How Modifiable Risk Factors Affect an Employer’s Bottom Line

A study recently published in The Lancet looks at the amount of healthcare spending that is attributable to modifiable risk factors in the U.S. The study showed that an estimated $730 billion, or 27% of healthcare spending, could be attributed to modifiable behaviors. The modifiable risk factor that was the largest portion of spending was high BMI, or obesity, at $239 billion. This was followed by high blood pressure at $180 billion; diabetes at $172 billion; poor diet at $144 billion; and tobacco use at $130 billion. There is also a large amount of crossover in spending as many have multiple chronic conditions. In fact, metabolic syndrome, which includes multiple conditions such as obesity, high blood pressure and diabetes, totaled $508 billion of total healthcare spending.

The study further broke down spending by working age adults. For younger working age adults, those aged 20-44, the highest spending was on obesity. This was followed by alcohol use, diabetes and tobacco use. For working adults aged 45-64, the highest spend was on obesity, followed by diabetes, high blood pressure and poor diet. The results of the study indicate that modifiable behaviors that attribute to a large portion of healthcare spending likely started at an early age. Because of this, the study highlights the importance of health programs and interventions that mitigate risk exposure and reduce healthcare spending. By addressing issues such as obesity and tobacco use at earlier ages, there is an opportunity to address these behaviors before they become major health issues later in life.

The study highlights the importance of employee wellbeing programs and how they can not only improve employee health, but also reduce healthcare costs for employers. It’s a cost and retention benefit for employers to offer wellbeing programs and health resources to their employees. Being able to identify employees who are considered high-risk because of obesity, high blood pressure, diabetes or tobacco use, can lead to the deployment of early interventions to address these conditions before they become chronic and compromise the employee’s health. As most employers are unfamiliar with the healthcare space and types of health programs to offer, hospitals and health systems can step in as this resource and help employers to launch successful wellbeing programs.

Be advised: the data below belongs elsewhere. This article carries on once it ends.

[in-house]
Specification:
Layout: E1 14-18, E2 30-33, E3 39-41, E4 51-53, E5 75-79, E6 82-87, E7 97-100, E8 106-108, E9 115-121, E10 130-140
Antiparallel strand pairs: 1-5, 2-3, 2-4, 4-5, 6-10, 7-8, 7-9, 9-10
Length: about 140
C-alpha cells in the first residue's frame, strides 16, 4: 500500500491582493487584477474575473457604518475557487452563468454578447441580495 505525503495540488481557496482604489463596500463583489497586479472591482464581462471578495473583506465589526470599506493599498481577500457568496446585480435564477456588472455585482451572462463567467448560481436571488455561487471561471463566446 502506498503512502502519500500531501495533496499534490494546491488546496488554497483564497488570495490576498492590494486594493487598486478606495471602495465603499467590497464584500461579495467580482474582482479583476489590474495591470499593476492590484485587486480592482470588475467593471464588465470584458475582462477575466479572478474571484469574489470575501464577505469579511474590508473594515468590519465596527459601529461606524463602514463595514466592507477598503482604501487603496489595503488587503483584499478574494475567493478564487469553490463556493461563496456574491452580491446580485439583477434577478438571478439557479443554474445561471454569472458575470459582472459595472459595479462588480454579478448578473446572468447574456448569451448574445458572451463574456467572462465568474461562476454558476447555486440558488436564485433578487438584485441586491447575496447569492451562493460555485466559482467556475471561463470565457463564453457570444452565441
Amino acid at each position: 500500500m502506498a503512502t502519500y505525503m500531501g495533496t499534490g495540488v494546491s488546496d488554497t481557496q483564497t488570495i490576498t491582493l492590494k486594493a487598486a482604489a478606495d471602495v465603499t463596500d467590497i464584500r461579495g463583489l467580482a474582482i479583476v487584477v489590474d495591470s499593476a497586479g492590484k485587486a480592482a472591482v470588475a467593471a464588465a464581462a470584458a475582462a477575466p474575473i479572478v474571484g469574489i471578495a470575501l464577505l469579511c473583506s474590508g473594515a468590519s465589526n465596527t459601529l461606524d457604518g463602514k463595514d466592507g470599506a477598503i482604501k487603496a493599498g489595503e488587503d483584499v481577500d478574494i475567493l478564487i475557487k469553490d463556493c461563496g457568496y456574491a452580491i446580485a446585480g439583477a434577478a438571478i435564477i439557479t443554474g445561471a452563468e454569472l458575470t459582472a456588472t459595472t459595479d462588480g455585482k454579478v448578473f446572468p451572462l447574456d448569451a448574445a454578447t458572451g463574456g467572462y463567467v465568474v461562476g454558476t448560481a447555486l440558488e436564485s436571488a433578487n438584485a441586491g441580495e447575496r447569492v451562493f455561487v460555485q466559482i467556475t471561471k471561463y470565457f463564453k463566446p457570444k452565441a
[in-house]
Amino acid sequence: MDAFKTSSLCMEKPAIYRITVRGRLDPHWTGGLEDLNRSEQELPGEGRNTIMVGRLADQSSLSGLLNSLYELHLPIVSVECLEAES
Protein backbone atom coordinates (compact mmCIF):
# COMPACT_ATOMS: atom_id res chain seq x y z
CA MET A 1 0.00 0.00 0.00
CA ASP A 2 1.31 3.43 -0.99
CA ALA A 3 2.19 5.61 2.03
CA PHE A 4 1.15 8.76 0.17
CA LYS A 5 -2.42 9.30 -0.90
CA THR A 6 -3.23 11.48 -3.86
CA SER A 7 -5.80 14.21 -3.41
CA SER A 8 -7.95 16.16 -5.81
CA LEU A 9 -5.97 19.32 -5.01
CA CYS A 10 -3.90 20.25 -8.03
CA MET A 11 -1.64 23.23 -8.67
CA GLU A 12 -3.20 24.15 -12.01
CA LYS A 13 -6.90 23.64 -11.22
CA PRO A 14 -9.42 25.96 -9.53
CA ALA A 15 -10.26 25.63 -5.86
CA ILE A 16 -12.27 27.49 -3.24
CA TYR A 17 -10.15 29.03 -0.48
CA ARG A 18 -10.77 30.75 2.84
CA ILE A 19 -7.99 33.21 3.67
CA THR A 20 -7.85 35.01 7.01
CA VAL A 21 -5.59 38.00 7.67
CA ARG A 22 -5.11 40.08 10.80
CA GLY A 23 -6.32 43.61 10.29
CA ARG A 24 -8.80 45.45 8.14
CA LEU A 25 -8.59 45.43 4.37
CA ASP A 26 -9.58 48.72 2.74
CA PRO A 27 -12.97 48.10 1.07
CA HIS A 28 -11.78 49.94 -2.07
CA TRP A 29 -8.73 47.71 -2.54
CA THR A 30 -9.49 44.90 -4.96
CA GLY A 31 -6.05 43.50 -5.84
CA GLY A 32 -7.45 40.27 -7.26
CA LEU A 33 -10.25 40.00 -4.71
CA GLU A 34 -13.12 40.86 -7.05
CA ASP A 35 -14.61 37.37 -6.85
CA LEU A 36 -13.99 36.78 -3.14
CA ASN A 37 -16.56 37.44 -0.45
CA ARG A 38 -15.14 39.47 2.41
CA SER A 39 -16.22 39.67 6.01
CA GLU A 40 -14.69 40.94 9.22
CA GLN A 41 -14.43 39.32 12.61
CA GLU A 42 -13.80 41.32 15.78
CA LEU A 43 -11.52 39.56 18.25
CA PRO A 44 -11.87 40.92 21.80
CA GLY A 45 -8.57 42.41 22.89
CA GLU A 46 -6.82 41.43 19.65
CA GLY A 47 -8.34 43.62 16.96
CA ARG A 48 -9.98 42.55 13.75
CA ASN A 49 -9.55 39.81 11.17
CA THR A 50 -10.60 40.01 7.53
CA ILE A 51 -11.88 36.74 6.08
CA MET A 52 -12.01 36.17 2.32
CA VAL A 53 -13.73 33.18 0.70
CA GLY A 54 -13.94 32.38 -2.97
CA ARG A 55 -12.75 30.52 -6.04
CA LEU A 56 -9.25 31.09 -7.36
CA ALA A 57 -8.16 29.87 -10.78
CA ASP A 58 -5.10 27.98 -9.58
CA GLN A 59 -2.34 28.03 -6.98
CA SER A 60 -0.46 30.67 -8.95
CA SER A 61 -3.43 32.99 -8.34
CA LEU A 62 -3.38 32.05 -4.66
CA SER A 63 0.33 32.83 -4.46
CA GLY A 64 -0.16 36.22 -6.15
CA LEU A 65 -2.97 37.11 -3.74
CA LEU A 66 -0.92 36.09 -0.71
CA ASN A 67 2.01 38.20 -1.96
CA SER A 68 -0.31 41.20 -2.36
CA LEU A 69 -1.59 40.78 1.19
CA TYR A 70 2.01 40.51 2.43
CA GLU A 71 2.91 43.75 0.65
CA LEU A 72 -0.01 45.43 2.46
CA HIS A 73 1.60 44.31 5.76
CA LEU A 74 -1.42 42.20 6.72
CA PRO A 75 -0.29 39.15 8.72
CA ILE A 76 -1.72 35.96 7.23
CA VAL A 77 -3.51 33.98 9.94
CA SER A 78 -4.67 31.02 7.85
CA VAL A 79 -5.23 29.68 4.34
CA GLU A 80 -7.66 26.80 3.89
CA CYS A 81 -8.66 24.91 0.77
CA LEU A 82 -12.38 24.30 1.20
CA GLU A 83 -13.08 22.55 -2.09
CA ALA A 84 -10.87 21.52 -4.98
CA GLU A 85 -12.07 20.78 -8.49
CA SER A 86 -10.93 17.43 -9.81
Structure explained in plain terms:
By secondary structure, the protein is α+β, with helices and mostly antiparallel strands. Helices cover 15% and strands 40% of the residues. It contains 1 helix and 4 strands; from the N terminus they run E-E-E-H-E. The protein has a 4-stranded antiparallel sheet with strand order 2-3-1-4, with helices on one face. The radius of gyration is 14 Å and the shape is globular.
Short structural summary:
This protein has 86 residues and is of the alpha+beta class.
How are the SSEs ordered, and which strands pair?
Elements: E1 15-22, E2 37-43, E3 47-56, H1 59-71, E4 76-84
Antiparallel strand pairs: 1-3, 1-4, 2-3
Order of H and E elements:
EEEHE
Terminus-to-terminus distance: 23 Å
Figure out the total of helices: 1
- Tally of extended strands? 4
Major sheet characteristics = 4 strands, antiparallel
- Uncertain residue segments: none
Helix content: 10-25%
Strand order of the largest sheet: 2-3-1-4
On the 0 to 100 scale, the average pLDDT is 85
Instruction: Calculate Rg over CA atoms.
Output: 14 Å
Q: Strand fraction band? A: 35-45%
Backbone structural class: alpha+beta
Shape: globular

Hospitals and health systems can utilize a direct to employer strategy to assist in launching wellbeing programs that help identify high-risk employees and deploy interventions, such as smoking cessation programs. By partnering with Applied Health Analytics, hospitals and health systems can offer employers solid tactics to improve employee health and reduce healthcare costs. Some of these tactics include:

  • Early Detection: Two of the easiest ways to uncover underlying or chronic health conditions are through biometric screenings and health risk assessments (HRAs). These methods provide test results, uncover family histories and identify behaviors that are indicative of a chronic condition. There are tools that can help in the assessment of this data, including bMetrix™, a screening application that allows for the seamless collection and recording of biometric data. Screenings can detect the presence and onset of chronic conditions such as high blood pressure, diabetes, obesity and heart disease and other health issues.

  • Incentive Programs: Incentive programs can be a useful tool to motivate individuals to participate in company-sponsored health initiatives. An employee incentive strategy that is tailored to a specific population is the key to garnering employee participation. Applied Health Analytics offers metrics-based incentive design that is customized for each employer. Tools available in the bIQ™ Population Health Management platform include trended data and connectivity with coaching, wearable devices and payroll. With a properly designed incentive program, employers can provide the tools to help motivate behavior modification in high-risk employees.

  • Behavior Modification: Once a health condition is identified, the individual should be provided with recommendations and resources for addressing the issue. This may include weight loss tips, referrals to smoking cessation programs or a recommendation to schedule an appointment with a physician. Applied Health Analytics launches customized health portals that can be implemented as an easy way for an individual to establish health-related goals and track progress.

  • Health Coaching: Many individuals don’t know where to start when they’ve been diagnosed with a chronic condition. It can be helpful to appoint a health coach to serve as an accountability partner and help keep the individual on track.  A health coach can monitor and track the progress of an individual’s condition and provide corrective guidance along the way. An online health portal can be beneficial in allowing the coach to document sessions and also conduct phone or virtual meetings when in-person interactions are not an option. Health coach documentation and virtual coaching are features that are included in the bIQ™ Population Health Management platform.

Applied Health Analytics offers technology that can help identify high-risk individuals and provide customized wellbeing programs that motivate employees to engage in the management of their health. If you are interested in learning more about how your hospital or health system can develop and manage wellbeing programs that are customized to the employers in your market, contact Applied Health Analytics to help you create a successful employer health management strategy.